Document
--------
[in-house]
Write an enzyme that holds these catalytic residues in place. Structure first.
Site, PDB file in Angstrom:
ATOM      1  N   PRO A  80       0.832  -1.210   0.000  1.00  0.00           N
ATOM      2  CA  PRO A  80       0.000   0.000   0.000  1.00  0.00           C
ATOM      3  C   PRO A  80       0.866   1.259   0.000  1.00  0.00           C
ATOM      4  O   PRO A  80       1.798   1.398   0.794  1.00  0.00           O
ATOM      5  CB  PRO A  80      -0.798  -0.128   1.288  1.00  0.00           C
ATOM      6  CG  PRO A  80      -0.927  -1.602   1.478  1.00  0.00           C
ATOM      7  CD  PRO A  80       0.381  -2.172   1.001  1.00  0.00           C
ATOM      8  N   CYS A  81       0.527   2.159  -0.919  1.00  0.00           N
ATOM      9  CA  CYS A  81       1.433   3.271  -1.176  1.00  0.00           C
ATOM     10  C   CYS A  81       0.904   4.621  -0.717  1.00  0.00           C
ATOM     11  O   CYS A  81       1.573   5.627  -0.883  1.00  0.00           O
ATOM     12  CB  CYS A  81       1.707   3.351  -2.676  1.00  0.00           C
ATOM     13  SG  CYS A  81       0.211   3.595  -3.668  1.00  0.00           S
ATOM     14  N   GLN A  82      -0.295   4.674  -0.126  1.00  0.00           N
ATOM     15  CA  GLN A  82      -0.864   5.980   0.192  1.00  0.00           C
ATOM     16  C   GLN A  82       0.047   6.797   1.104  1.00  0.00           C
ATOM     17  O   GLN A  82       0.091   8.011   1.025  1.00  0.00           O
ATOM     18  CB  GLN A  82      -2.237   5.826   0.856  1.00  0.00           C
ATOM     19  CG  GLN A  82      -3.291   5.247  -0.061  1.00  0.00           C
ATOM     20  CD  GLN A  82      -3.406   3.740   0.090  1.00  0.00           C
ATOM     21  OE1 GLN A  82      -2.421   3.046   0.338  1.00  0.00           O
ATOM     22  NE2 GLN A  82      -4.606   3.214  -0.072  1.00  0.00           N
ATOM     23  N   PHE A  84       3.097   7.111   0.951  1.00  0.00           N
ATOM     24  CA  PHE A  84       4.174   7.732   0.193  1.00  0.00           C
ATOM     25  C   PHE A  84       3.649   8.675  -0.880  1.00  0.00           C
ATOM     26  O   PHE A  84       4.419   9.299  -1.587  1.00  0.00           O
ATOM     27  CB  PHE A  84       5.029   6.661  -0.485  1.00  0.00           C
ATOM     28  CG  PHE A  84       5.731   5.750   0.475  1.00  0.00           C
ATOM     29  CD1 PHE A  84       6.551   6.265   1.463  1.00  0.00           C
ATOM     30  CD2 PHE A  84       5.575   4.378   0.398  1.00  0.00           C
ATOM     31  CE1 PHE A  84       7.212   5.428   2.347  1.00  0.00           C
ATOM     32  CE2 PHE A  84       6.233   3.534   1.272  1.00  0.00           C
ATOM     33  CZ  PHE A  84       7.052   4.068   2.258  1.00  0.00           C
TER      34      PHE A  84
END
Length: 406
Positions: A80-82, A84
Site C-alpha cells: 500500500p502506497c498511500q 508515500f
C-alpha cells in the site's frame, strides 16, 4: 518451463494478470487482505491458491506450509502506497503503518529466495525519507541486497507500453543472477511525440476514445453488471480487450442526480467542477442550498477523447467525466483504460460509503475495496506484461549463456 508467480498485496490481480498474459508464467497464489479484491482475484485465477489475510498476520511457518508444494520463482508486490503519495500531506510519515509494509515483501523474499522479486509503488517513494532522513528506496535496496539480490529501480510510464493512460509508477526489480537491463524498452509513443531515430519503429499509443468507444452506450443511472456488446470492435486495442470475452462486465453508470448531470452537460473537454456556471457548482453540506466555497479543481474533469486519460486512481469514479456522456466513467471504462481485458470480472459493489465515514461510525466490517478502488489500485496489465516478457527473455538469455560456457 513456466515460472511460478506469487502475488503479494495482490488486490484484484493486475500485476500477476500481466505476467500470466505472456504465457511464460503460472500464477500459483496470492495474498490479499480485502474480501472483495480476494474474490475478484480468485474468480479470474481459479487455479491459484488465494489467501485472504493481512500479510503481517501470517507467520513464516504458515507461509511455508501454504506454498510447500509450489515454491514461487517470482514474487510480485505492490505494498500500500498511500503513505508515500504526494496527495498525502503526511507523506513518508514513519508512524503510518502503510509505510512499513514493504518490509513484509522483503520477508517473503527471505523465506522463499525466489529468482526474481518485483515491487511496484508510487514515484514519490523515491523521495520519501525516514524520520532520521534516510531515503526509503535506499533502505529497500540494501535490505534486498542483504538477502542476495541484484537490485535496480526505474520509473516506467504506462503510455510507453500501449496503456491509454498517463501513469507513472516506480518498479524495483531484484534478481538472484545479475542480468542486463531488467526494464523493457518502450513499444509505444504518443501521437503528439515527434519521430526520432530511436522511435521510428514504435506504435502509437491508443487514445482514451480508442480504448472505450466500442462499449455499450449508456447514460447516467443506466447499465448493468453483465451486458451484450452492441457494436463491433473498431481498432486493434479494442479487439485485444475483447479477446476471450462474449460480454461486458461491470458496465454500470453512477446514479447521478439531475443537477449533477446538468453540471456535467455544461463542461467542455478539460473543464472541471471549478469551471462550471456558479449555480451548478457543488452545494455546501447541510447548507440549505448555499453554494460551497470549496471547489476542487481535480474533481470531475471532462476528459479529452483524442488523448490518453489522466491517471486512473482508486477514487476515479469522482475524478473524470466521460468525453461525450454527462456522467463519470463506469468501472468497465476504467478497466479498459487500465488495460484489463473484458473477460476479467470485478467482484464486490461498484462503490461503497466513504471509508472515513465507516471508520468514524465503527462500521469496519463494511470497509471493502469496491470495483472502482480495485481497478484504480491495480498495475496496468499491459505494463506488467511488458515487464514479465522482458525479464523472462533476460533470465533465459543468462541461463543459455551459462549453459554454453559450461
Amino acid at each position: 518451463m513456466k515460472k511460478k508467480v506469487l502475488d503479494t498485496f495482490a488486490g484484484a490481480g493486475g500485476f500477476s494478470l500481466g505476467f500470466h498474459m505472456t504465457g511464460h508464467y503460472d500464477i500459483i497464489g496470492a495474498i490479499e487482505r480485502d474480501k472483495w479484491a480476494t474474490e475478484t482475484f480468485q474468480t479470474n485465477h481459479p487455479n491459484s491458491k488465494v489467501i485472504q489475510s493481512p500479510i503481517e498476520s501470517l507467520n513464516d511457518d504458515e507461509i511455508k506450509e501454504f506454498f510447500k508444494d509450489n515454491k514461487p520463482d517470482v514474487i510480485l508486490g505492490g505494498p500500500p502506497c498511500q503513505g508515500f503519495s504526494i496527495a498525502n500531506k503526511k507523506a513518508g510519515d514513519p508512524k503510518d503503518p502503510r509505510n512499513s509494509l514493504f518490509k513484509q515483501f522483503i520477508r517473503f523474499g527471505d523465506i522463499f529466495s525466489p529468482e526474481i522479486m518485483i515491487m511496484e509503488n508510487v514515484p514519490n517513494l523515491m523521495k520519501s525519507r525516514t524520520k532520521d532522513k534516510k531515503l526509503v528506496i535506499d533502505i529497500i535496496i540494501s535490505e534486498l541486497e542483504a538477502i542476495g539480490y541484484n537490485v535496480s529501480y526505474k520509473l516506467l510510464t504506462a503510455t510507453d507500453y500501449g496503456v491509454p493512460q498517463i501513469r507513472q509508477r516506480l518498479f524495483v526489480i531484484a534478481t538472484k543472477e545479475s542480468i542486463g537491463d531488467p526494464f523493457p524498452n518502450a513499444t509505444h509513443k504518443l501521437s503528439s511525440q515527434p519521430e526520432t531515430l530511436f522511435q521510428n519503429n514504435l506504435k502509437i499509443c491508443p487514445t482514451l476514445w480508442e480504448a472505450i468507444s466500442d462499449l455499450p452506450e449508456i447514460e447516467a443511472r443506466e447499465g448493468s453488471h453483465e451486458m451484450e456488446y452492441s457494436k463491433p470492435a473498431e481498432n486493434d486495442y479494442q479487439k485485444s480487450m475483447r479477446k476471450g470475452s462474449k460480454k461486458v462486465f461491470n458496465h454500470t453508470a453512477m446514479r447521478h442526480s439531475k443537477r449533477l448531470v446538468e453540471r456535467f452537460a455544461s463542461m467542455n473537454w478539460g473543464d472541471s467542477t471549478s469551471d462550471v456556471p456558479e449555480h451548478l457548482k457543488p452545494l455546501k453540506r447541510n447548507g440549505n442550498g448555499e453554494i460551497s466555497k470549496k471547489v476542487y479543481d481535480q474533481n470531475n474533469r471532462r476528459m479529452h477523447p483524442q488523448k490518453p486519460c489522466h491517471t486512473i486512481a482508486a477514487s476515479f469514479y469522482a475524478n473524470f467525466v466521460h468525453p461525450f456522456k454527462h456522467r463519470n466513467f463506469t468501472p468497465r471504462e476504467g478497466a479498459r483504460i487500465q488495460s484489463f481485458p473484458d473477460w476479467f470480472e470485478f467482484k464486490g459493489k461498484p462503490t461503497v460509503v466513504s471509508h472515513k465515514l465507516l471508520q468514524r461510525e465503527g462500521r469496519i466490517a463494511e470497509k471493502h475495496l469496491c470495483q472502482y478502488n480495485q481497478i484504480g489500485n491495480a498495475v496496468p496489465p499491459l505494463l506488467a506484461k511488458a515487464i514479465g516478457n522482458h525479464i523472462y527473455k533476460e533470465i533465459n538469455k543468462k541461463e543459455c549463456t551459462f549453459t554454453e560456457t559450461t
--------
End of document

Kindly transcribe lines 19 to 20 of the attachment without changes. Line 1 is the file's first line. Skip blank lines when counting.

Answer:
ATOM     16  C   GLN A  82       0.047   6.797   1.104  1.00  0.00           C
ATOM     17  O   GLN A  82       0.091   8.011   1.025  1.00  0.00           O